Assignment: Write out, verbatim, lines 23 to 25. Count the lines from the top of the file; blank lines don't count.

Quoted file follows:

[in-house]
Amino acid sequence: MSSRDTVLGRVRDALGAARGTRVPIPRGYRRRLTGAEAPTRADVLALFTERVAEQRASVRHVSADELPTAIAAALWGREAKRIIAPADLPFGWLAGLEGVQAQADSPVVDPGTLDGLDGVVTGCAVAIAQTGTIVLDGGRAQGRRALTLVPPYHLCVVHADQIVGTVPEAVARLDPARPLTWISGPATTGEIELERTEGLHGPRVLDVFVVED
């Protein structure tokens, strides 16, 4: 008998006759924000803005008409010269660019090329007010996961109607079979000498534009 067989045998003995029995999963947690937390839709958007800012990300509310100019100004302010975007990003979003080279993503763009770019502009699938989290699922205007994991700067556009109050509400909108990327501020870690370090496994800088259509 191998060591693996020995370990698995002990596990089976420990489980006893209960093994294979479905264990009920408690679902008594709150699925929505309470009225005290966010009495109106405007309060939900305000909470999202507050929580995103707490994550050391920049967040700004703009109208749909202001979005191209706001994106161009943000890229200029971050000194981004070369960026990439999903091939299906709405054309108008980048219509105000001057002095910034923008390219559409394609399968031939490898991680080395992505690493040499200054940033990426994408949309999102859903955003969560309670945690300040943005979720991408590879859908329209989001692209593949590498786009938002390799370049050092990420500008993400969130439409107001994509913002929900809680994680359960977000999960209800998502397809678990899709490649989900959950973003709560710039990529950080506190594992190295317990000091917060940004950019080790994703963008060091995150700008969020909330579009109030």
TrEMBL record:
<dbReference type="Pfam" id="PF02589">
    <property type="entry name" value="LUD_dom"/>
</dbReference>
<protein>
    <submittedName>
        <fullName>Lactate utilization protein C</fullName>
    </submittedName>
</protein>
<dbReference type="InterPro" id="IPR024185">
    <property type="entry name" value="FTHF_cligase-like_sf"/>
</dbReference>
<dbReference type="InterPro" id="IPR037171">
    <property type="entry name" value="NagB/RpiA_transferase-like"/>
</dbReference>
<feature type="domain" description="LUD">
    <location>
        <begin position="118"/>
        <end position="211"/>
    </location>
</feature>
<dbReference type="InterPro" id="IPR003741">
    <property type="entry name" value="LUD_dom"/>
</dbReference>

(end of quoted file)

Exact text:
    </location>
</feature>
<dbReference type="InterPro" id="IPR003741">